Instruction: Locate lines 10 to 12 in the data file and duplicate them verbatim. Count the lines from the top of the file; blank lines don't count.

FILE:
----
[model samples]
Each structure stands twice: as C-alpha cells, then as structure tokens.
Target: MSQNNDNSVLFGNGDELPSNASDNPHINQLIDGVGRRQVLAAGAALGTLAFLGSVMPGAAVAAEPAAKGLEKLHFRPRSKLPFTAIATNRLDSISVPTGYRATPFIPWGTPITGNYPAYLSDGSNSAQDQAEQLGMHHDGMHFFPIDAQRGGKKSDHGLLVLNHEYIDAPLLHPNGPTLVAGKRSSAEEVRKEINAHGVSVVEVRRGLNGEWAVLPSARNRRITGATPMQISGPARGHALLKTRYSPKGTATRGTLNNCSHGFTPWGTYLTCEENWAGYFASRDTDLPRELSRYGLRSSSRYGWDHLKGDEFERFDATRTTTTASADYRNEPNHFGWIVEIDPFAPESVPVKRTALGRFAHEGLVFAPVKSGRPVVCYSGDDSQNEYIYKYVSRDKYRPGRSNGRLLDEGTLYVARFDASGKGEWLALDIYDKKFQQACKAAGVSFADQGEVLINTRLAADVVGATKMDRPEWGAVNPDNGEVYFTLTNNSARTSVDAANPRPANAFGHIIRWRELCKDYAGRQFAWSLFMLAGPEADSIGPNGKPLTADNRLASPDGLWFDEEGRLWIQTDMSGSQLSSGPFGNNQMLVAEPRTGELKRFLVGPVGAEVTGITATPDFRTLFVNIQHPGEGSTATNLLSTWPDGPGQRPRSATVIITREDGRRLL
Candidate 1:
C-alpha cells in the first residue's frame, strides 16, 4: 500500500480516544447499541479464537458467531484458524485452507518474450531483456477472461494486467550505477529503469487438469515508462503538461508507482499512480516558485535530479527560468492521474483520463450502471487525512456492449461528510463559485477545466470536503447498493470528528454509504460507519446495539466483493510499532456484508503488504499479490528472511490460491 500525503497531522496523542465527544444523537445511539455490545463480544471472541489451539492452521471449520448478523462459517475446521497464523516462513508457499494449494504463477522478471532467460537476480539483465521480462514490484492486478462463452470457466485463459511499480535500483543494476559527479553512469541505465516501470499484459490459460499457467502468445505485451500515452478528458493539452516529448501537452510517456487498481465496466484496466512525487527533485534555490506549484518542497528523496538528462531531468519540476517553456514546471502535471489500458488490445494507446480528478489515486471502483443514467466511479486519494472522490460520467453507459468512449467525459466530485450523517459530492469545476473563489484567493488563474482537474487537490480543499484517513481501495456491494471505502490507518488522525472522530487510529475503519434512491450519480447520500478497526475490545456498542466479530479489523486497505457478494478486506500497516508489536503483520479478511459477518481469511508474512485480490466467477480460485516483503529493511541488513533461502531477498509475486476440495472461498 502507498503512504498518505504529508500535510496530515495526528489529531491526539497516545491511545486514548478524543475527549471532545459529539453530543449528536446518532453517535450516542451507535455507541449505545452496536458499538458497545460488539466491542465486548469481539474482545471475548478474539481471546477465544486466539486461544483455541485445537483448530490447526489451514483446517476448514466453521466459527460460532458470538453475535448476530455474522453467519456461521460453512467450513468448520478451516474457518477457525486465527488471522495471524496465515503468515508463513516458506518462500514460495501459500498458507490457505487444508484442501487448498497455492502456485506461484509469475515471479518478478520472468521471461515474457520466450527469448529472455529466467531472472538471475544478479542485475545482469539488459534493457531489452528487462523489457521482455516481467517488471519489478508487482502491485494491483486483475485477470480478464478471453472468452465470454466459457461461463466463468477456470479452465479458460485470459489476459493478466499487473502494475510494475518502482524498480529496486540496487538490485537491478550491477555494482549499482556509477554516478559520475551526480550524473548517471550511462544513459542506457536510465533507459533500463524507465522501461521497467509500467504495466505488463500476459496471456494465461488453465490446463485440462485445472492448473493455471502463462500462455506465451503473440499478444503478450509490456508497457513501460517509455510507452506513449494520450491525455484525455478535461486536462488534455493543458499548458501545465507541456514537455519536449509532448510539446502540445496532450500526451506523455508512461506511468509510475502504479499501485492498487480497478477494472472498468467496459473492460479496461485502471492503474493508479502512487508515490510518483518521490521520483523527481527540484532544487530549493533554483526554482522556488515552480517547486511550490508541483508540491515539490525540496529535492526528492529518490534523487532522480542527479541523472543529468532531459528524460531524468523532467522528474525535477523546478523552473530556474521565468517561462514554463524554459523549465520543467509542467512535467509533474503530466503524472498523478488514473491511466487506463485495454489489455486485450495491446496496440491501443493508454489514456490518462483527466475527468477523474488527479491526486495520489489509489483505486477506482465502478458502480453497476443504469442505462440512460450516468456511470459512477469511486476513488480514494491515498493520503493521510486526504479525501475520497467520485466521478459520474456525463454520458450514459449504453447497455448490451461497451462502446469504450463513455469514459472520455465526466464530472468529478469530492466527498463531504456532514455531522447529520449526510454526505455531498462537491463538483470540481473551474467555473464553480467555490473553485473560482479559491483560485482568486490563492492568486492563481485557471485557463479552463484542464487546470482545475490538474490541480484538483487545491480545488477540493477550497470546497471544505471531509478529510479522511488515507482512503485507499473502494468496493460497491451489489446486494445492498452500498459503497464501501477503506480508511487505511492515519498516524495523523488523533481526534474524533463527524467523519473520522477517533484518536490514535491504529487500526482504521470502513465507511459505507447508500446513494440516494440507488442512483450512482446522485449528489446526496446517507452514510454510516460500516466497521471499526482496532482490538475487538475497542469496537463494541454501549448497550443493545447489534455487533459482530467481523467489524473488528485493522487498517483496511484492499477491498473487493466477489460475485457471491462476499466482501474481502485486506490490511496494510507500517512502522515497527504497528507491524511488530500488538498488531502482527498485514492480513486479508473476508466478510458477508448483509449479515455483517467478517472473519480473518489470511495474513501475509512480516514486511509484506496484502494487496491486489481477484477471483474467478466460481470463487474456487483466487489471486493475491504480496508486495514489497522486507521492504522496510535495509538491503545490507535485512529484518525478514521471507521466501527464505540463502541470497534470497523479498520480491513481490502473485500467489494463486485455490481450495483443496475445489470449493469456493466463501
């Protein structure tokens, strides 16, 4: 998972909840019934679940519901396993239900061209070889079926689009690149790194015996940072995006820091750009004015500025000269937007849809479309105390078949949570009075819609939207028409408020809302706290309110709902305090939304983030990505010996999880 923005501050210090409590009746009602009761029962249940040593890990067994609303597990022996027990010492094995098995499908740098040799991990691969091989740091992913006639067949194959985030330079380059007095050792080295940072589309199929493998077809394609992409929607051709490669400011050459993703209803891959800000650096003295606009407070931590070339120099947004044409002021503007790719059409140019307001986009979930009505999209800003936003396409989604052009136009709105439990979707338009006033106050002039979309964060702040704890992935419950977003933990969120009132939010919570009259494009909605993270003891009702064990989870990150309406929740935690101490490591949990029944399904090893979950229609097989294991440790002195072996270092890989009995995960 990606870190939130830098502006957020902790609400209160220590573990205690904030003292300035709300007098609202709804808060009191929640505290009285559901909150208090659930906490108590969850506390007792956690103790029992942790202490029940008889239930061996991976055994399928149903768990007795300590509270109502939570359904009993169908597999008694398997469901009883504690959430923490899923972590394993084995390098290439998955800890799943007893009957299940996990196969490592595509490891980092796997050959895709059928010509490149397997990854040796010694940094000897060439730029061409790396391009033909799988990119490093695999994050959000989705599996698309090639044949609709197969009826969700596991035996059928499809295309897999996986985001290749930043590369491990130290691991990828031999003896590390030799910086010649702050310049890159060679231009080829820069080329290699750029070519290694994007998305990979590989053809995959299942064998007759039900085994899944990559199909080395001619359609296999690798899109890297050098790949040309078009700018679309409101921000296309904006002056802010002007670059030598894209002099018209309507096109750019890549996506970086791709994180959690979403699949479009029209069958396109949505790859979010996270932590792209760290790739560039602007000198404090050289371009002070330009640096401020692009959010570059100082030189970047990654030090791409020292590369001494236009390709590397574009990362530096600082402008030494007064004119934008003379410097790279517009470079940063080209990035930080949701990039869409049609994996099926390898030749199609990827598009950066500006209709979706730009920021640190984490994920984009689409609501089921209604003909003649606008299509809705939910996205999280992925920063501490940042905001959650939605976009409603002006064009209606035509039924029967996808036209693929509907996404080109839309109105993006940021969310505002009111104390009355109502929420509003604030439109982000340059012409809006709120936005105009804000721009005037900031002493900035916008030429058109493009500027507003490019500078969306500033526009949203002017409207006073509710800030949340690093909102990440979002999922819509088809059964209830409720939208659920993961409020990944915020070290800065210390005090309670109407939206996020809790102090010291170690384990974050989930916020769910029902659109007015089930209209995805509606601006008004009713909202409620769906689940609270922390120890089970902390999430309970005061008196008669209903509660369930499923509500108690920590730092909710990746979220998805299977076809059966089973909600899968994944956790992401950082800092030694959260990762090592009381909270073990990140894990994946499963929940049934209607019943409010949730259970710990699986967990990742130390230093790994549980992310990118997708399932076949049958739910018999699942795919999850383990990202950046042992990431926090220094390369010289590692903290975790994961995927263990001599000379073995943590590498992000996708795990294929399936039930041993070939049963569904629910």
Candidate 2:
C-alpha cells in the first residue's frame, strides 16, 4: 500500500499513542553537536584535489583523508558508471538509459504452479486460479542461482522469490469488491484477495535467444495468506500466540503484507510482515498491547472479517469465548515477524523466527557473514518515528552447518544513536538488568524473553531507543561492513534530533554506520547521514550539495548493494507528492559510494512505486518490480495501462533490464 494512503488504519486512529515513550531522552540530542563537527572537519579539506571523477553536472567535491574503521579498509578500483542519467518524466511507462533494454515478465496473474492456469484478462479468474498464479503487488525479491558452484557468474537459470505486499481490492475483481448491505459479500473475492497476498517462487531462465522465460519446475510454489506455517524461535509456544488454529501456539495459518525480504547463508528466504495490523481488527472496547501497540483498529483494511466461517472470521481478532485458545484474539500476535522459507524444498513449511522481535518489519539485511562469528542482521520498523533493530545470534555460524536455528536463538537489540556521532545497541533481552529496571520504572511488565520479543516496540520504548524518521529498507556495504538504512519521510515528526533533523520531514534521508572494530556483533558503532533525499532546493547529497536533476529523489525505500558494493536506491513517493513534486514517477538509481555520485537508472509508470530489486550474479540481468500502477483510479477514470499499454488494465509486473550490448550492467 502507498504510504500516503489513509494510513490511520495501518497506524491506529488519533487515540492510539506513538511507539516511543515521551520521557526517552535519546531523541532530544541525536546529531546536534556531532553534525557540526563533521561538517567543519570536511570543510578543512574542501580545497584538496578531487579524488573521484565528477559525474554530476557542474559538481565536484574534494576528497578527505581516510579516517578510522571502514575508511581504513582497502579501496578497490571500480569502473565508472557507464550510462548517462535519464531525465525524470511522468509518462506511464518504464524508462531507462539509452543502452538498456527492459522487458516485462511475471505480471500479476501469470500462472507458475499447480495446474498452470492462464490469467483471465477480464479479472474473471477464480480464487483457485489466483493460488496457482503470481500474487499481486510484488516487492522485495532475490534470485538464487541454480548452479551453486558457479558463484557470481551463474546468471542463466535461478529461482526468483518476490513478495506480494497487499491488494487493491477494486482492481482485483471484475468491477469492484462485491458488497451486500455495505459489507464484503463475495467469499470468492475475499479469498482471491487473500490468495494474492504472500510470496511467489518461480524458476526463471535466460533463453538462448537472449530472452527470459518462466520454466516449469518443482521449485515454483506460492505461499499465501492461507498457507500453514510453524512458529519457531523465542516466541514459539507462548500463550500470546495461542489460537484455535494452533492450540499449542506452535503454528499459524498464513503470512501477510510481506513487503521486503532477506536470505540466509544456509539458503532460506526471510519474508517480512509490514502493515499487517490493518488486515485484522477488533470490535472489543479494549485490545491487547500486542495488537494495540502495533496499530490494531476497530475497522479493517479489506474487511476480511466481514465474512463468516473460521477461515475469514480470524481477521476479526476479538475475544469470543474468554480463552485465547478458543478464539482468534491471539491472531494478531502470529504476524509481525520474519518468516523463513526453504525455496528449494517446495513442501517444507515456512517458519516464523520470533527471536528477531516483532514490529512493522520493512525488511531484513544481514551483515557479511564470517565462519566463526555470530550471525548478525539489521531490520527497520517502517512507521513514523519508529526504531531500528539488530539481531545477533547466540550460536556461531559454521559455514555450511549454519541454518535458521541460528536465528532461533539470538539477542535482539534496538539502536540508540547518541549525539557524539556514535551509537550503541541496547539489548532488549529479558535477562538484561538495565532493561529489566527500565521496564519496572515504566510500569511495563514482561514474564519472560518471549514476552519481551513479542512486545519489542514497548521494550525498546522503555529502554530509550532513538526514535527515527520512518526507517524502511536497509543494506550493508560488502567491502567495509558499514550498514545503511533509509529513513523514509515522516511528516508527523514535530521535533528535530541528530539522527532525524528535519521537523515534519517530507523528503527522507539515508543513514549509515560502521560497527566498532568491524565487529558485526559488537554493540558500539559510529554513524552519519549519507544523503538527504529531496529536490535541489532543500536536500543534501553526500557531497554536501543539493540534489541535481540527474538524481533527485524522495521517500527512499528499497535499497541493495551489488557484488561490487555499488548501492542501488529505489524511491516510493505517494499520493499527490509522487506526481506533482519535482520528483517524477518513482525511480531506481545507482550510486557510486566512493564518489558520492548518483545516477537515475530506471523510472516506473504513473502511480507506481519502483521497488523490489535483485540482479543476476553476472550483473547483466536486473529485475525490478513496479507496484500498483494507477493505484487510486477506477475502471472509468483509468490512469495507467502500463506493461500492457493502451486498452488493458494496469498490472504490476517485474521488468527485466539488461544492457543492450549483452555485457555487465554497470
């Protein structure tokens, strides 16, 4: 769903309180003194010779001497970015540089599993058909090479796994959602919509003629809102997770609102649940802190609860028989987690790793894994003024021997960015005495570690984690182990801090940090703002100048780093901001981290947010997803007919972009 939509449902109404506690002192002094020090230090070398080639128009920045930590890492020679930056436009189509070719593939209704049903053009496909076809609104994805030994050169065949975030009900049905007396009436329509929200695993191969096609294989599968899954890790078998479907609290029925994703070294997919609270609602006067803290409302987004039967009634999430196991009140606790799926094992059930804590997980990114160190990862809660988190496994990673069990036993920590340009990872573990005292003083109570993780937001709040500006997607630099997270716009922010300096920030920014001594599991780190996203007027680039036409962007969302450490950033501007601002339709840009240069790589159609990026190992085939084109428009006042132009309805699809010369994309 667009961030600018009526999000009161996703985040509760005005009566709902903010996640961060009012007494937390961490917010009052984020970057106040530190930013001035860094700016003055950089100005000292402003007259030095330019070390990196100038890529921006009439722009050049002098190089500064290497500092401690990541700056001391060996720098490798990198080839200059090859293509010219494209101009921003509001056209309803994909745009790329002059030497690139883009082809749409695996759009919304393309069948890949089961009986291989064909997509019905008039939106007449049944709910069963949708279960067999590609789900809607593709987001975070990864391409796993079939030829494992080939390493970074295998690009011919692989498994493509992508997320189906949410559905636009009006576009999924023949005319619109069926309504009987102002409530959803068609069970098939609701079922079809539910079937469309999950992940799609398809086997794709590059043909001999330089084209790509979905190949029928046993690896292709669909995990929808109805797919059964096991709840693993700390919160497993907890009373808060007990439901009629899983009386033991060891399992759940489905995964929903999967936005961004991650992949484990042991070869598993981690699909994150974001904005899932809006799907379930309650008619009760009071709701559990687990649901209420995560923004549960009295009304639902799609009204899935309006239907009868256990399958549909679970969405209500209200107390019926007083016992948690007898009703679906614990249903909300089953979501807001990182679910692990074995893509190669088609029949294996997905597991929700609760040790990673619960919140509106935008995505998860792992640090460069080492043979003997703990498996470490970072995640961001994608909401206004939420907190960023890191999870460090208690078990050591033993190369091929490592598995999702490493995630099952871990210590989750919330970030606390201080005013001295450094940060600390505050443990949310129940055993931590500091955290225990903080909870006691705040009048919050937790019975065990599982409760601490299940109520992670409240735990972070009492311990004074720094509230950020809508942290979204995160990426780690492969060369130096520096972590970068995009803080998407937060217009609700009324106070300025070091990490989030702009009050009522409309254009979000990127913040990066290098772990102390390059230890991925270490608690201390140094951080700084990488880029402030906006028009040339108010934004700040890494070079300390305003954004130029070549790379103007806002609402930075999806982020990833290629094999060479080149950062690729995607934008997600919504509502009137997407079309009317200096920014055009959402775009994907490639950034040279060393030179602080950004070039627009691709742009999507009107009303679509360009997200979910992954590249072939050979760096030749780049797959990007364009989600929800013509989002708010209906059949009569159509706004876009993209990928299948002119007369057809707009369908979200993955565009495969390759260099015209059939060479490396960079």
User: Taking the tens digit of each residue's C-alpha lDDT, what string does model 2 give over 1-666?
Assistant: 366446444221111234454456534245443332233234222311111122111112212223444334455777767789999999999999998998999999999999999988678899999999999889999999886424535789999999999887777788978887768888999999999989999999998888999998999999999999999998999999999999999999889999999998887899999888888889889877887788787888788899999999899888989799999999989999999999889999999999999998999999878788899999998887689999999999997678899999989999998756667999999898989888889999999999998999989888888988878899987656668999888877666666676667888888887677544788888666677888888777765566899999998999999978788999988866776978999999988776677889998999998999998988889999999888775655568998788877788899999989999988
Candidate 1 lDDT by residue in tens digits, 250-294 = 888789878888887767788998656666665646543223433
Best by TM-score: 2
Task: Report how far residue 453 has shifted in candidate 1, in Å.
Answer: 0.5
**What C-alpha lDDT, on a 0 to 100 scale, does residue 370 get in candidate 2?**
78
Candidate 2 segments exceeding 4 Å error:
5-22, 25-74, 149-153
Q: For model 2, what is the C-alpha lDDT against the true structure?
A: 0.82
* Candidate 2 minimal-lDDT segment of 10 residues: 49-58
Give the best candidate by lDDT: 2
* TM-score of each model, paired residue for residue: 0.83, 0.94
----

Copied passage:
User: Taking the tens digit of each residue's C-alpha lDDT, what string does model 2 give over 1-666?
Assistant: 366446444221111234454456534245443332233234222311111122111112212223444334455777767789999999999999998998999999999999999988678899999999999889999999886424535789999999999887777788978887768888999999999989999999998888999998999999999999999998999999999999999999889999999998887899999888888889889877887788787888788899999999899888989799999999989999999999889999999999999998999999878788899999998887689999999999997678899999989999998756667999999898989888889999999999998999989888888988878899987656668999888877666666676667888888887677544788888666677888888777765566899999998999999978788999988866776978999999988776677889998999998999998988889999999888775655568998788877788899999989999988
Candidate 1 lDDT by residue in tens digits, 250-294 = 888789878888887767788998656666665646543223433